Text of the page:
“We want to move the county towards a culture of acceptance and appreciation, and to broaden awareness through the establishment of policies, educational frameworks and ground rules for working together. We hope to generate visible actions that demonstrate progress, cultural awareness and create a more welcoming and accepting community,” says Kesterson.
One of the desired outcomes of the coalition is to position its members to serve as role models for the rest of the city through knowledge, behaviors and attitudes. Those members have dedicated themselves to working hard in helping their community achieve these goals of acceptance. Members of the coalition also strive to work on their own language, knowledge and actions in order to become role models for others.
The coalition has grown in both numbers and strength by having representatives from many cultures, marginalized communities and well-known local institutions.
CAC highlights different types of cultures through performances, events, art and more.
“We have people from the education sector, both K-12 and post-secondary. We have leaders from houses of worship, LGBTQ advocates, industry representatives, the Midland Area Chamber of Commerce, Midland’s mayor is involved, and also several non-profits and individual community members dedicated to the cause,” says Kesterson.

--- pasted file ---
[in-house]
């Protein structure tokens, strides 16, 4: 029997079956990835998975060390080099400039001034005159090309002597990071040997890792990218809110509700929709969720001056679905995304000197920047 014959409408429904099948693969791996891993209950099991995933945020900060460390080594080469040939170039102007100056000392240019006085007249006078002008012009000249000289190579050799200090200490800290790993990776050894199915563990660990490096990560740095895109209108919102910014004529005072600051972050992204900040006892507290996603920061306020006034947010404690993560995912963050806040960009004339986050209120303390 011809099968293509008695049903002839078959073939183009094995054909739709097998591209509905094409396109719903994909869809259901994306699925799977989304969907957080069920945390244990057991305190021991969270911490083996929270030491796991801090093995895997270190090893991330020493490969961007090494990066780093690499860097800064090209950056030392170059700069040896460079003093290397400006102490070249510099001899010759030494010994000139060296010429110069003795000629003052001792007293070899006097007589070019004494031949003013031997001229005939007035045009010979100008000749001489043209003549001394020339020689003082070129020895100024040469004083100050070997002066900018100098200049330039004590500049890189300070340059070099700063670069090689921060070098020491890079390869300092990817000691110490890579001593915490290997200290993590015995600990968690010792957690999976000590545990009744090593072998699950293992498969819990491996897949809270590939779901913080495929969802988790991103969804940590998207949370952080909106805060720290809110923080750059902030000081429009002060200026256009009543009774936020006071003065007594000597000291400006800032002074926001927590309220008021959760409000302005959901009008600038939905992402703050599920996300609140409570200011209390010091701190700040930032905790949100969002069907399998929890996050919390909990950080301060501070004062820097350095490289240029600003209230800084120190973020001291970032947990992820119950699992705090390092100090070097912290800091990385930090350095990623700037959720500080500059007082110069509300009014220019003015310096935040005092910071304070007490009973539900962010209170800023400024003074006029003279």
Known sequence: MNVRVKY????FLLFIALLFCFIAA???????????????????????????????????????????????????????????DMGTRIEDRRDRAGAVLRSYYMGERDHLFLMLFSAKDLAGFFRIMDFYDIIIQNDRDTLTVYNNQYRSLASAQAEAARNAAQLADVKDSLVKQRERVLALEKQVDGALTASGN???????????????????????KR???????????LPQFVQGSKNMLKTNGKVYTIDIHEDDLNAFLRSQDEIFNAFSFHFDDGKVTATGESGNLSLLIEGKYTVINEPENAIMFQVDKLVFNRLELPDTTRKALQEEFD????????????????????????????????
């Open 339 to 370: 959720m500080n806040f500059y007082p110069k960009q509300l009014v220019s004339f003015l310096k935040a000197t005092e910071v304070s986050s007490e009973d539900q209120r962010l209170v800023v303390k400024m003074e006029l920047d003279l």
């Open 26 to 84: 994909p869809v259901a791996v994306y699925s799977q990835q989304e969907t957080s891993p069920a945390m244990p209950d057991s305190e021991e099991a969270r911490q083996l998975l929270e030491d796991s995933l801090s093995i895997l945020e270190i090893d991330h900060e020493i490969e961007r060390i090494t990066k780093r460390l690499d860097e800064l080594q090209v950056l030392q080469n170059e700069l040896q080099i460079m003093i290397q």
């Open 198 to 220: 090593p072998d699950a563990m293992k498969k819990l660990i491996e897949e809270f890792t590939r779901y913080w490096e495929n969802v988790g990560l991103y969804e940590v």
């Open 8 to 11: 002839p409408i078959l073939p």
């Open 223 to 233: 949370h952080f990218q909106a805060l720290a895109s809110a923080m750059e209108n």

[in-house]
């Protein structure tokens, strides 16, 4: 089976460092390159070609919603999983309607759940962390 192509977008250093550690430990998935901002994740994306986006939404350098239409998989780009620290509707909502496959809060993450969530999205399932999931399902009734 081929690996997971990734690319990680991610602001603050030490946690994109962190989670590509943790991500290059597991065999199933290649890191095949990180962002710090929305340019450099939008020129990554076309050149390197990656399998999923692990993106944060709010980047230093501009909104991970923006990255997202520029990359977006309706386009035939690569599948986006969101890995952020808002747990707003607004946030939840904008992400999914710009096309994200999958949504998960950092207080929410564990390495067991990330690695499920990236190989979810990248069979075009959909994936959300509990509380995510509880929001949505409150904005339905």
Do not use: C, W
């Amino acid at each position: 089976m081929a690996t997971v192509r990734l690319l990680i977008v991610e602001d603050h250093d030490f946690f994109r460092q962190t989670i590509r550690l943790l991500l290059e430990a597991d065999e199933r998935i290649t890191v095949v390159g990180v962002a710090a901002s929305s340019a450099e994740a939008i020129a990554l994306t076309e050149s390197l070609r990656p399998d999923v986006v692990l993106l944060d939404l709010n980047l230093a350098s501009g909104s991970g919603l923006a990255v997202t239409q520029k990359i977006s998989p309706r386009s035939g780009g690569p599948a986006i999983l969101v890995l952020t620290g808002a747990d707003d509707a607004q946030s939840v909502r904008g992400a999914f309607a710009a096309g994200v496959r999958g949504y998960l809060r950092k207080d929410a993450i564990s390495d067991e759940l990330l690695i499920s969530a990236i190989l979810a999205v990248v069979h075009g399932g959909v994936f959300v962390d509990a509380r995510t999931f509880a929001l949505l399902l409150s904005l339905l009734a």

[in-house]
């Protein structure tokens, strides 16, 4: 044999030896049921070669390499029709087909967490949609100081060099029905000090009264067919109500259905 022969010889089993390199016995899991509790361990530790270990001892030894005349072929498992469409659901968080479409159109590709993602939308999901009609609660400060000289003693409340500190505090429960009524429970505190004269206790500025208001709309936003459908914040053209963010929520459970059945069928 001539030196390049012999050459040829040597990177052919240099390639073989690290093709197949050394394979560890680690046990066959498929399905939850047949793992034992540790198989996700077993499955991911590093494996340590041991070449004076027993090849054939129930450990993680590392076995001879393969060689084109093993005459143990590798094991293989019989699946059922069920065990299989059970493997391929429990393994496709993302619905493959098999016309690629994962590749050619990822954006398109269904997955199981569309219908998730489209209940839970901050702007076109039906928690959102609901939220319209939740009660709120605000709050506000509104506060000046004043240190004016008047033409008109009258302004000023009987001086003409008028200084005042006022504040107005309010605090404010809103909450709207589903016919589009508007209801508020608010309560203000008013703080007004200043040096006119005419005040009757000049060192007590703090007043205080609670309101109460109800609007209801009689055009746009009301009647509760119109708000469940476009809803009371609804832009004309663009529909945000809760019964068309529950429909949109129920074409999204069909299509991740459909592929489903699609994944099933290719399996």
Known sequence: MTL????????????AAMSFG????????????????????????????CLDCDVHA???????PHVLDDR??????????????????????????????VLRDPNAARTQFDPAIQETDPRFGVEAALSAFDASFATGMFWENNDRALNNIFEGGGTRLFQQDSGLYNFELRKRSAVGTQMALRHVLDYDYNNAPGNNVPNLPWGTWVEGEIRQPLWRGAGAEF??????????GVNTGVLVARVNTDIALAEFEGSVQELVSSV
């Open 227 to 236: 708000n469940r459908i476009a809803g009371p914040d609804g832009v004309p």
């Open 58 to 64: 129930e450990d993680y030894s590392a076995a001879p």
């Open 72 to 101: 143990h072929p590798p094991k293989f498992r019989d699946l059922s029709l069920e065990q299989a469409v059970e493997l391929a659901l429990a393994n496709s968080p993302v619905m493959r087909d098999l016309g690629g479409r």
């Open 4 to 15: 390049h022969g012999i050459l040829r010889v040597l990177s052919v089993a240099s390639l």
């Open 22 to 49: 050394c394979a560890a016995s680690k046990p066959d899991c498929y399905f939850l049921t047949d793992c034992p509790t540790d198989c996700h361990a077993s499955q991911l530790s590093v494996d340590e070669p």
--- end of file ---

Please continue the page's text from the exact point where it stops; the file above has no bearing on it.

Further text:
“We have seen an increased interest in the CAC in the last few years, and I think that’s directly related to the times we live in.”
“This is a group of motivated individuals that want to contribute to their community, around needs and topics related to diversity and inclusion,” says Gina Wilson, chair of the coalition.
The CAC sponsors performances of all types, like this one from Riverdays last year.
“As we continue to engage in growing, learning and advocacy, we found that once your group commits to inclusion, you see more things that need to be considered and included. It’s about childhood, belief systems, knowledge and education. There are so many things that can divide us and to me inclusion brings us together and views those differences as a positive concept rather than a negative.”